Updated: Mar 15, 2024

How to Get Credit for Your Missing Stimulus Payments on Your Tax Return

Find out how to collect any missed stimulus payments when you file your tax return, including ways that you can make the most of that IRS credit.
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As of early 2021, Congress approved two stimulus checks related to the coronavirus pandemic so far.

Unfortunately, some people may not have received their stimulus checks for several reasons.

The good news:

The stimulus checks were actually an advance of the Recovery Rebate Credit.

This is a tax credit you can claim on your 2021 tax return, which you file in 2022 or file an amended tax return in 2023.  (You typically must file an amended return within three years from the original filing deadline, or within two years of paying the tax due for that year, if that date is later.)

That means people that didn’t get stimulus checks or didn’t get big enough checks can still claim their missing credit on their federal tax returns this year.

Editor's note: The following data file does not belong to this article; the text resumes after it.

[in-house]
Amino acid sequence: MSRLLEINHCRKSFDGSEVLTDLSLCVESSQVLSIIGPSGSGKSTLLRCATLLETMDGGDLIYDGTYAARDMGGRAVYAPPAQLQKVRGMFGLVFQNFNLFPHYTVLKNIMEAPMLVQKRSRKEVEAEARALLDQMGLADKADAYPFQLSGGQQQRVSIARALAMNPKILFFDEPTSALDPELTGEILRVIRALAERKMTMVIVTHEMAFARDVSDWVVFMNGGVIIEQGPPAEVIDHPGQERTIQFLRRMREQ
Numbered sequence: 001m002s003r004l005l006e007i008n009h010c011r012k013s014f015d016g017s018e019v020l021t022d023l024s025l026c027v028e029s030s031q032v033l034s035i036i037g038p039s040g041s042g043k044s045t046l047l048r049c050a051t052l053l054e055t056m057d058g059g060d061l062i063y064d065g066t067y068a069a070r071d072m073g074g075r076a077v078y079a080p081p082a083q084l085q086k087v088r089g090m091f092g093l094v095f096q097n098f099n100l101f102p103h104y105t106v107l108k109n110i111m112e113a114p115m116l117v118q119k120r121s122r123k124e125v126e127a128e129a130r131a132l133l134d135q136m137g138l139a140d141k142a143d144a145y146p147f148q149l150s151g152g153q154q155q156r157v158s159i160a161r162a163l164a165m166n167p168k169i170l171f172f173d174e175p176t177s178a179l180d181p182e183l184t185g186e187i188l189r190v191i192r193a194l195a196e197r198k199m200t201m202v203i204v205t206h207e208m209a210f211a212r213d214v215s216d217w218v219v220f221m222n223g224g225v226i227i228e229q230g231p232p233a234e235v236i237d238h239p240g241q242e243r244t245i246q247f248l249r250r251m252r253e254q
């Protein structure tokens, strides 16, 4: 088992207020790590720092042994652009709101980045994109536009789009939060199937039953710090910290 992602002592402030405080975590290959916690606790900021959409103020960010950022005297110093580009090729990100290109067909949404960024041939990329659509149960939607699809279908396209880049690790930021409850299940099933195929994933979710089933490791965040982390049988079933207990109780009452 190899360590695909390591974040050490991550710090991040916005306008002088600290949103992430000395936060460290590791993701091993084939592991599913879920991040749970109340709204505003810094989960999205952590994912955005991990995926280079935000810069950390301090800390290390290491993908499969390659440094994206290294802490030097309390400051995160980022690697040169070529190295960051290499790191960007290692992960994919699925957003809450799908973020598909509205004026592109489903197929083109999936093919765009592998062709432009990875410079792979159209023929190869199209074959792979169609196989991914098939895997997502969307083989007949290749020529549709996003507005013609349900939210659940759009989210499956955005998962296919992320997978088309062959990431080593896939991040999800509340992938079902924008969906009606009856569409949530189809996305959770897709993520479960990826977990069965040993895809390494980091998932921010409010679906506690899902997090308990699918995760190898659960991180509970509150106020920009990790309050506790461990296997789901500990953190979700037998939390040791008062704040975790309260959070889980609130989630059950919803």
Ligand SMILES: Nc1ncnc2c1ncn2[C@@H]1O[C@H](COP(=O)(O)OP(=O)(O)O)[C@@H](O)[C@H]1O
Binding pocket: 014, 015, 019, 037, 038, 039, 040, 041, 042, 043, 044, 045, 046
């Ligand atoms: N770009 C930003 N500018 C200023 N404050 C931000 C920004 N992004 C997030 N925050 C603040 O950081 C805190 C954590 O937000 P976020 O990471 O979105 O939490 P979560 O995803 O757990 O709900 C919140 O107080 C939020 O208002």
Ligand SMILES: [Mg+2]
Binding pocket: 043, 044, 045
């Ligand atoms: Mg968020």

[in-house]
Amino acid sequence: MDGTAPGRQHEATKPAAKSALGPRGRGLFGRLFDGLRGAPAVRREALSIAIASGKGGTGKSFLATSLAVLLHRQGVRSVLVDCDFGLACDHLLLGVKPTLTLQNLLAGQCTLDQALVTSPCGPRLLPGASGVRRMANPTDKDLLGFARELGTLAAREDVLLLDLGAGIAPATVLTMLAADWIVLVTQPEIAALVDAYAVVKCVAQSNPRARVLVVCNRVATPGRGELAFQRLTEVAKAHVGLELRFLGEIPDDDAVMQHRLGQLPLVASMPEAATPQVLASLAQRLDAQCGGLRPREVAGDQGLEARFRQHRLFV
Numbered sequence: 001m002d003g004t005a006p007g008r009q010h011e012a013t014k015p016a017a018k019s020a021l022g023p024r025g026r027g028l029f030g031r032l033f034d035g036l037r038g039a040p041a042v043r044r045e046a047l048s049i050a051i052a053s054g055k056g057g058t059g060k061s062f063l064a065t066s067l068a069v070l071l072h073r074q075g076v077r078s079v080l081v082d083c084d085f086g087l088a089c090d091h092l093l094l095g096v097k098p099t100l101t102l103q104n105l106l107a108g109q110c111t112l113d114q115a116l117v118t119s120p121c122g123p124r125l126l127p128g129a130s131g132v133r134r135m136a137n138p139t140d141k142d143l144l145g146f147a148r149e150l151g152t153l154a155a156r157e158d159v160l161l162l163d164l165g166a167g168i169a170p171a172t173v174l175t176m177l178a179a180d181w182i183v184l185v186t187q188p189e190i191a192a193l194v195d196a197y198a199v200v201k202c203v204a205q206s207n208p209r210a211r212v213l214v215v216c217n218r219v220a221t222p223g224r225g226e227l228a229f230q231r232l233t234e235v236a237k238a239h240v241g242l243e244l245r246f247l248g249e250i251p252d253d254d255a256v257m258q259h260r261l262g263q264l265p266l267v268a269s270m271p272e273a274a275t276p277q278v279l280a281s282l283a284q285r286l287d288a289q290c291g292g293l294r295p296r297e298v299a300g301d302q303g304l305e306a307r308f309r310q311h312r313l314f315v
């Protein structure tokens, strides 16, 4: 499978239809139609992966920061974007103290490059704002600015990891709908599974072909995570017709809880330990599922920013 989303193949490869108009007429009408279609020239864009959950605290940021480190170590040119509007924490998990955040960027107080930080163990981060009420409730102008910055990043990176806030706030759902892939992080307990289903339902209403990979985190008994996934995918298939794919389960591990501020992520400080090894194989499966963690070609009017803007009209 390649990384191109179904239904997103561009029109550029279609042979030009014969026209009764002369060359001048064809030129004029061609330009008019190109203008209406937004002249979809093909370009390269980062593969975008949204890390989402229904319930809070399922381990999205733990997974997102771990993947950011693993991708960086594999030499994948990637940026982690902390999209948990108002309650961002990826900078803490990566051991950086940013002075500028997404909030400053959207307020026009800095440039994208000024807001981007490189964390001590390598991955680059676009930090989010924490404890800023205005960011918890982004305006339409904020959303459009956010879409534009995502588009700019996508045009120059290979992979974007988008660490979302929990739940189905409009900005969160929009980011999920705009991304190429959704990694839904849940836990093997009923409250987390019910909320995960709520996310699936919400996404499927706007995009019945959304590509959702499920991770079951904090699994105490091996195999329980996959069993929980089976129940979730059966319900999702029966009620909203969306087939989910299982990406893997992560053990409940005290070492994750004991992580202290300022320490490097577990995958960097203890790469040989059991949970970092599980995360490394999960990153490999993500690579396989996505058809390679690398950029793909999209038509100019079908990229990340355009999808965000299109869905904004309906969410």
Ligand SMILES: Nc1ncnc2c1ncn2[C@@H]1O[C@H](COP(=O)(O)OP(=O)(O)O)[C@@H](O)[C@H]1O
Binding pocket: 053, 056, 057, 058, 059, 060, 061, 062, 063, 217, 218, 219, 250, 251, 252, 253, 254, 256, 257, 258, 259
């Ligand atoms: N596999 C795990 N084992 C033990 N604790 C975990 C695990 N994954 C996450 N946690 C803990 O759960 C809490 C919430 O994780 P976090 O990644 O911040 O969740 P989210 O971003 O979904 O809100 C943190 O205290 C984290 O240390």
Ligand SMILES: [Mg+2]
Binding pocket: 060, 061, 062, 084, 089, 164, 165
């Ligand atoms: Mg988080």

The Recovery Rebate Credit Was Paid in Advance in Two Stimulus Checks

Congress approved two stimulus checks during the coronavirus pandemic as of this writing.

How much were the payments?

The first was authorized by the CARES Act which went into effect in March 2020. It required the IRS to make payments that started getting issued in April 2020.

The amount of stimulus money you received depended on a few items.

  • Those filing single could qualify for a check of up to $1,200.
  • Taxpayers filing married filing jointly received a payment of up to $2,400.

Taxpayers could also qualify for an additional stimulus payment amount of up to $500 per qualifying child.

The second check was in the Consolidated Appropriations Act, 2021 which was signed in December 2020. These payments started going out in January 2021.